Finally, nothing quite equals personal experience. Last summer, I traveled to Alaska to see several places in the book series first hand. I spent an entire day at Eielson Air Force Base touring all of the major locations in books two and three. I also rented a car and spent another day driving up the Dalton Highway to the Yukon River, which included the site of one of the major scenes in book 2. I also toured the University of Alaska, where book 1 begins. Finally, I took a tour of a pair of U.S. Army managed tunnels into the permafrost, where I learned several interesting things I would not have discover otherwise: (1) that permafrost smells remarkably like dirty gym socks and (2) that when the ice sublimes, it leaves behind a superfine layer of brownish dust that will float in the air when disturbed.
In conclusion, I find that research can be a critically important part of writing modern, paranormal, science fiction and fantasy. In addition to making your writing more realistic, it makes your book’s fantastic events and your character’s strange abilities more believable. It can be a source of story ideas, and it can also be both very interesting and fun. Currently, I am researching small unmanned aerial vehicles (UAVs) and variable-yield, thermonuclear weapons for Hell Holes: To Hell and Back. I can hardly wait to learn what the next topic I will be researching.
About Hell Holes: When hundreds of huge holes mysteriously appear overnight in the frozen tundra north of the Arctic Circle, they threaten financial and environmental catastrophe should any more open up under the Trans-Alaska Pipeline or any of the many oil wells and smaller pipelines that feed it. An oil company sends a scientific team to investigate. But when the geologist, his climatologist wife, two of their graduate students, a local newspaper reporter, an oil company representative, and a field biologist arrive at one of the holes, they discover a far worse danger lurks below, one that threatens to destroy all of humanity when it emerges, forcing the survivors to flee south towards Fairbanks.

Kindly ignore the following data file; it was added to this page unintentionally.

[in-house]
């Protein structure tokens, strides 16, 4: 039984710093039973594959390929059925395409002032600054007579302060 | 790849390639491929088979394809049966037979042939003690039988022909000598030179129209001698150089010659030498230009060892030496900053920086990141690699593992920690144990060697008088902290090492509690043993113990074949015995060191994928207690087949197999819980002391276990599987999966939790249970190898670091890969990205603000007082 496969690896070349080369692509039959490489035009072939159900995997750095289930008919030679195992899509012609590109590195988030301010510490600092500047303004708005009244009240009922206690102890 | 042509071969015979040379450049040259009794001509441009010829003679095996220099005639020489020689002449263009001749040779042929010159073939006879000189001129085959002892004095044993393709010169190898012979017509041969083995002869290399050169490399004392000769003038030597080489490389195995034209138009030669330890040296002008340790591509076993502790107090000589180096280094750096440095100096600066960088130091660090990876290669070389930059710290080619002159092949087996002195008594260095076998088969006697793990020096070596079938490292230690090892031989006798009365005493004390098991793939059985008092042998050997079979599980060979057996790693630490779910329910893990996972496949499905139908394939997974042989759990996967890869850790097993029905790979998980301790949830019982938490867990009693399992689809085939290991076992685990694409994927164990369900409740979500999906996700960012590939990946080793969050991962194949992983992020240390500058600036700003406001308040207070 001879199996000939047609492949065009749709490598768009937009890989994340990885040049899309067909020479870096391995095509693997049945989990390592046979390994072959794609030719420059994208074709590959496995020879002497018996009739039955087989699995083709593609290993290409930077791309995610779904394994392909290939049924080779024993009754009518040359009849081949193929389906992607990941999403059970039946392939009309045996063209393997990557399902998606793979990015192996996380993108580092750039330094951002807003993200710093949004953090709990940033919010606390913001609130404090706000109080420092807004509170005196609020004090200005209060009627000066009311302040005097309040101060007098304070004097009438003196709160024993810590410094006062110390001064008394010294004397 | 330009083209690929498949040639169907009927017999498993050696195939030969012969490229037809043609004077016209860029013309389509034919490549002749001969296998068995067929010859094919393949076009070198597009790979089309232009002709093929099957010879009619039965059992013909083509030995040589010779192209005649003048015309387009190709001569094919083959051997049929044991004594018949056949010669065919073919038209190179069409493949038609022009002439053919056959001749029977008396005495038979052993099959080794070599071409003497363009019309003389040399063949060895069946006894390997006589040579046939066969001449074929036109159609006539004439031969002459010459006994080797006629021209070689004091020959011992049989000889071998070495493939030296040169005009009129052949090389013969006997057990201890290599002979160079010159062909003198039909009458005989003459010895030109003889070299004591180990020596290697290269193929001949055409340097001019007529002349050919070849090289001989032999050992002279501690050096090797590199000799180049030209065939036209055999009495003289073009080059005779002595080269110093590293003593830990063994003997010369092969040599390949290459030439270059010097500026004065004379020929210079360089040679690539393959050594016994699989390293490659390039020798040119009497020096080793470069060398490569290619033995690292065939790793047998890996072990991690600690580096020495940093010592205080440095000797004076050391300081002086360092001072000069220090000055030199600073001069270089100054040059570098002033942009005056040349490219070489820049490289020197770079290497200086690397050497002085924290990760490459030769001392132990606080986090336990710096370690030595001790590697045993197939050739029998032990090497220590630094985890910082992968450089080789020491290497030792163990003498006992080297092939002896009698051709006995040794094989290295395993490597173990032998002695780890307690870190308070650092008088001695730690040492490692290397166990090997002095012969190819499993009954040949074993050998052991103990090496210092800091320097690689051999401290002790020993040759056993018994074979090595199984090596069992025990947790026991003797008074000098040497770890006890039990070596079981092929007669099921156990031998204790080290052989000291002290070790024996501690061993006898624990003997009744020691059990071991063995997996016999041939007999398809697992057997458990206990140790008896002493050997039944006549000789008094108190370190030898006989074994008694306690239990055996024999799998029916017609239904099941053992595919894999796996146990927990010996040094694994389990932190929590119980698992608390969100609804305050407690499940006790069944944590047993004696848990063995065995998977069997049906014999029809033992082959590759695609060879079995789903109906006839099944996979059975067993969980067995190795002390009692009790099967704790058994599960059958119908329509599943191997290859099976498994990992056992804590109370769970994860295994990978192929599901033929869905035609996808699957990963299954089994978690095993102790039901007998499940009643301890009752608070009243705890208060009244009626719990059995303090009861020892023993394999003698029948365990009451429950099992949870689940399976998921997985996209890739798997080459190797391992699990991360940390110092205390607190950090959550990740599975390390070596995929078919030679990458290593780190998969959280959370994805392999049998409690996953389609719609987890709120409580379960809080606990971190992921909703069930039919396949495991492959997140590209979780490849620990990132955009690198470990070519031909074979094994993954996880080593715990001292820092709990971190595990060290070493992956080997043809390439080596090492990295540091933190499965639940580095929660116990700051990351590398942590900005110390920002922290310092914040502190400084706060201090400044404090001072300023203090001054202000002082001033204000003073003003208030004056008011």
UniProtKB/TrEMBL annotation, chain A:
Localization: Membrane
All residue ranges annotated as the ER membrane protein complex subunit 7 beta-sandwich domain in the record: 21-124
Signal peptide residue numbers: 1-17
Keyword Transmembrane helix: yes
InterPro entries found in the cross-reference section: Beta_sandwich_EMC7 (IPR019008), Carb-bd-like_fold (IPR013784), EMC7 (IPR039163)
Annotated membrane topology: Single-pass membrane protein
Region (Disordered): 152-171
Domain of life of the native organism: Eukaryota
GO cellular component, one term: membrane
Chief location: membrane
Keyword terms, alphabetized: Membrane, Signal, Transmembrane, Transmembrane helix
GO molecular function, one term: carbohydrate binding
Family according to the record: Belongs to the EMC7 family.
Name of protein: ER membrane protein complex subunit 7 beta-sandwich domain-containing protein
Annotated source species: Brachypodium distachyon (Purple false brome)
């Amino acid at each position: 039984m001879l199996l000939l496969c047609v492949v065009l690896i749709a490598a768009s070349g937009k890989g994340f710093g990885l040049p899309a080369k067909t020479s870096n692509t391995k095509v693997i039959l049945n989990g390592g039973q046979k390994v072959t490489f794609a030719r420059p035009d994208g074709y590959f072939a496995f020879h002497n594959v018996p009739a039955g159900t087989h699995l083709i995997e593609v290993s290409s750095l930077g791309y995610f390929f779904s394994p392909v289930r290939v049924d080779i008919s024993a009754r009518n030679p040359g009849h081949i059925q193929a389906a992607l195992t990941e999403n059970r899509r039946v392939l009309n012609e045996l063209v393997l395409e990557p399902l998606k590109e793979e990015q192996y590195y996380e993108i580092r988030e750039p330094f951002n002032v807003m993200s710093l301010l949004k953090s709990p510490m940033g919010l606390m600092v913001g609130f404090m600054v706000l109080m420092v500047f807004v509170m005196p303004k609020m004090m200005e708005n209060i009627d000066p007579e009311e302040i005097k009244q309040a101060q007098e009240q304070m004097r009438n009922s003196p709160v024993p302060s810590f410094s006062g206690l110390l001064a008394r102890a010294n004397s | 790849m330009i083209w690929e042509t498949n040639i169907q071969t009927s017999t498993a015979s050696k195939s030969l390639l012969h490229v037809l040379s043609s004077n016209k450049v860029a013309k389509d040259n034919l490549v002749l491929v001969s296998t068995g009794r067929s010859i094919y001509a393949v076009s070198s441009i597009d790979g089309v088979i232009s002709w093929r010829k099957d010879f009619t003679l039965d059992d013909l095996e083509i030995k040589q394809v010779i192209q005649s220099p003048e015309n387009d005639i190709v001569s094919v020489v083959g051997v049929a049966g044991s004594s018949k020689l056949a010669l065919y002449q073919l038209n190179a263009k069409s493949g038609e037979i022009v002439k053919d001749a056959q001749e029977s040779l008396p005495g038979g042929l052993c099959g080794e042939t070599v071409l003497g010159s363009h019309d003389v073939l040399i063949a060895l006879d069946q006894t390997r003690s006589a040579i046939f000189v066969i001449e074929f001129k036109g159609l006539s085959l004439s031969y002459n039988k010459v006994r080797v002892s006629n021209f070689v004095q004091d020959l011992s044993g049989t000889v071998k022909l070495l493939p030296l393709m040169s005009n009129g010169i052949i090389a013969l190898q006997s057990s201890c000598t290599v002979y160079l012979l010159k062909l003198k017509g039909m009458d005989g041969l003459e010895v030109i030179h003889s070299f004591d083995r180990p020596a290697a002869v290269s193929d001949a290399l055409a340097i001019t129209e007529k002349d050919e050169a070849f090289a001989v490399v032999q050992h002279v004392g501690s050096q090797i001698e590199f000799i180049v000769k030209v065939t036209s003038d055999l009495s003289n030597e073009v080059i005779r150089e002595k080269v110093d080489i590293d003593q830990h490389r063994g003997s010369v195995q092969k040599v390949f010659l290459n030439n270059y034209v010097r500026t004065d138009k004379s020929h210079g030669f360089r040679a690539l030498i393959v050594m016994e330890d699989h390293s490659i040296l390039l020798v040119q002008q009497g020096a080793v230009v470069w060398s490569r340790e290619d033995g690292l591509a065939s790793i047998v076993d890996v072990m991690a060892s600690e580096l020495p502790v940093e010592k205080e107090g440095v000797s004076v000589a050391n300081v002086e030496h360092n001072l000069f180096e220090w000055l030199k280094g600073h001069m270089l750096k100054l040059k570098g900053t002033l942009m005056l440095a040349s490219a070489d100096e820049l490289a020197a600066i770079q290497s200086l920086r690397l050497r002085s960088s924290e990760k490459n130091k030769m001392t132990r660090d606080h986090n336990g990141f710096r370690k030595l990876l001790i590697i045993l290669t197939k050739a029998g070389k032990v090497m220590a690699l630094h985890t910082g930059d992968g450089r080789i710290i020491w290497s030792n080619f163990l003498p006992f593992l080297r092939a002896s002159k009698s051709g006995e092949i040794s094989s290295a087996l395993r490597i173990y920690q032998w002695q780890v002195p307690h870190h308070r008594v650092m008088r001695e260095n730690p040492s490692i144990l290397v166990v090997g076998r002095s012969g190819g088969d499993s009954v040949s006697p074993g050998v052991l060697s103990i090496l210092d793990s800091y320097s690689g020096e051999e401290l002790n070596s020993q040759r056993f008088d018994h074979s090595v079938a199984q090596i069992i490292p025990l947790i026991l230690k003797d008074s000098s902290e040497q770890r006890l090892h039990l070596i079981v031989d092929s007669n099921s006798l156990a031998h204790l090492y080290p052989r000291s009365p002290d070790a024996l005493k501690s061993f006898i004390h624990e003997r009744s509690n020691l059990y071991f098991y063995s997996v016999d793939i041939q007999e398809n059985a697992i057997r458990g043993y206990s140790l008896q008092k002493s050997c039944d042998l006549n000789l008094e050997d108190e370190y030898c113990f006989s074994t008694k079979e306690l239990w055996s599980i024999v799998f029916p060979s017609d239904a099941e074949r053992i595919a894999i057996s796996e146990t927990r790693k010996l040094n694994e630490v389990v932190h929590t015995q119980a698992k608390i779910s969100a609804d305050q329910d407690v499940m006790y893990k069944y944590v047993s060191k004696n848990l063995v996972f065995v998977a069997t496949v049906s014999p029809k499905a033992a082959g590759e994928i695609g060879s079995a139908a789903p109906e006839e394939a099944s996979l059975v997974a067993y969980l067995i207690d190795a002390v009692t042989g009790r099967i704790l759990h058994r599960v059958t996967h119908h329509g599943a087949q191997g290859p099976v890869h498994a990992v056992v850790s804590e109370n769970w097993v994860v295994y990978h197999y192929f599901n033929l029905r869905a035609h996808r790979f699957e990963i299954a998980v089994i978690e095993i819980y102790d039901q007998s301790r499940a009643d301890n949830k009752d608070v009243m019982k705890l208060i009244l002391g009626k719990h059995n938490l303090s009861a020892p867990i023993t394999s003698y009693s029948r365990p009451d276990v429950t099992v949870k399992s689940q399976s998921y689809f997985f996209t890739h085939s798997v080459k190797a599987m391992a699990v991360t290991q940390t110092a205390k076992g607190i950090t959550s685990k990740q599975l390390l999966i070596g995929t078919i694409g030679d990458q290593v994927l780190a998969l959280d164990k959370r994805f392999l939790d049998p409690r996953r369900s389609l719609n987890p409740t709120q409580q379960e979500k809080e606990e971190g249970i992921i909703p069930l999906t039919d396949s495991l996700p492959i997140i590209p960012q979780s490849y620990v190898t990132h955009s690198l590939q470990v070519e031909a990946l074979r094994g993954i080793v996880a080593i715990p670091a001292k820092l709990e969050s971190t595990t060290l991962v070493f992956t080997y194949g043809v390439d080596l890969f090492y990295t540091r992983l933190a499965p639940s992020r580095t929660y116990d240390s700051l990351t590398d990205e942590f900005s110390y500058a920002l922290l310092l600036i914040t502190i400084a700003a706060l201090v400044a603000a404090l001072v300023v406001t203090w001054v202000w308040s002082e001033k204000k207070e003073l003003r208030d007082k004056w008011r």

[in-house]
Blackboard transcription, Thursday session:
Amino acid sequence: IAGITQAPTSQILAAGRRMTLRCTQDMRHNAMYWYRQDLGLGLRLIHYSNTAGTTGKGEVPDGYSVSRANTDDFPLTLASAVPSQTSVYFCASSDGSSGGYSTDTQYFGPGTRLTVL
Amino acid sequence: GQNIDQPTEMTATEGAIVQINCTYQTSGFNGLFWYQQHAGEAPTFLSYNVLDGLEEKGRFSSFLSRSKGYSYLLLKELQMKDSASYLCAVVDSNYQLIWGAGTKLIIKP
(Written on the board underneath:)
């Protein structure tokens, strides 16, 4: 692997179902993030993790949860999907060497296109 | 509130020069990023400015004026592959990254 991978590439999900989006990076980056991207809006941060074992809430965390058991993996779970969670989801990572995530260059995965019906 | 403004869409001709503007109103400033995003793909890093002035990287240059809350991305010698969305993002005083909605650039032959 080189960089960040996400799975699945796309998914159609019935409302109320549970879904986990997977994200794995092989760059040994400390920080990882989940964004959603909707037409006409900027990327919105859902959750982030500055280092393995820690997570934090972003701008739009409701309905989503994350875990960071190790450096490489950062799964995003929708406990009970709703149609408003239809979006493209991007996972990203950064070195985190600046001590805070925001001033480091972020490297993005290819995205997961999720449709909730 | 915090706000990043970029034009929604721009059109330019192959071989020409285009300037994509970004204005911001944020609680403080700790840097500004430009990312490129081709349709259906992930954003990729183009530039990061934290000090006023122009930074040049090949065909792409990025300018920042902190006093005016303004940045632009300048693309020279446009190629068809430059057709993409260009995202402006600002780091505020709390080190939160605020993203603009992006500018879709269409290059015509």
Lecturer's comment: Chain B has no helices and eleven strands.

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Author Bio: A geek by day, Donald Firesmith works as a system and software engineer helping the US Government acquire large, complex software-intensive systems. In this guise, he has authored seven technical books, written numerous software- and system-related articles and papers, and spoken at more conferences than he can possibly remember. He's also proud to have been named a Distinguished Engineer by the Association of Computing Machinery, although his pride is tempered somewhat by his fear that the term "distinguished" makes him sound like a graybeard academic rather than an active engineer whose beard is still slightly more red than gray. By night and on weekends, his alter ego writes modern paranormal fantasy, apocalyptic science fiction, action and adventure novels and relaxes by handcrafting magic wands from various magical woods and mystical gemstones. His first foray into fiction is the book Magical Wands: A Cornucopia of Wand Lore written under the pen name Wolfrick Ignatius Feuerschmied. He lives in Crafton, Pennsylvania with his wife Becky, and his son Dane, and varying numbers of dogs, cats, and birds. His magical wands and autographed copies of his books are available from the Firesmith’s Wand Shoppe at: http://magicalwandshoppe.com.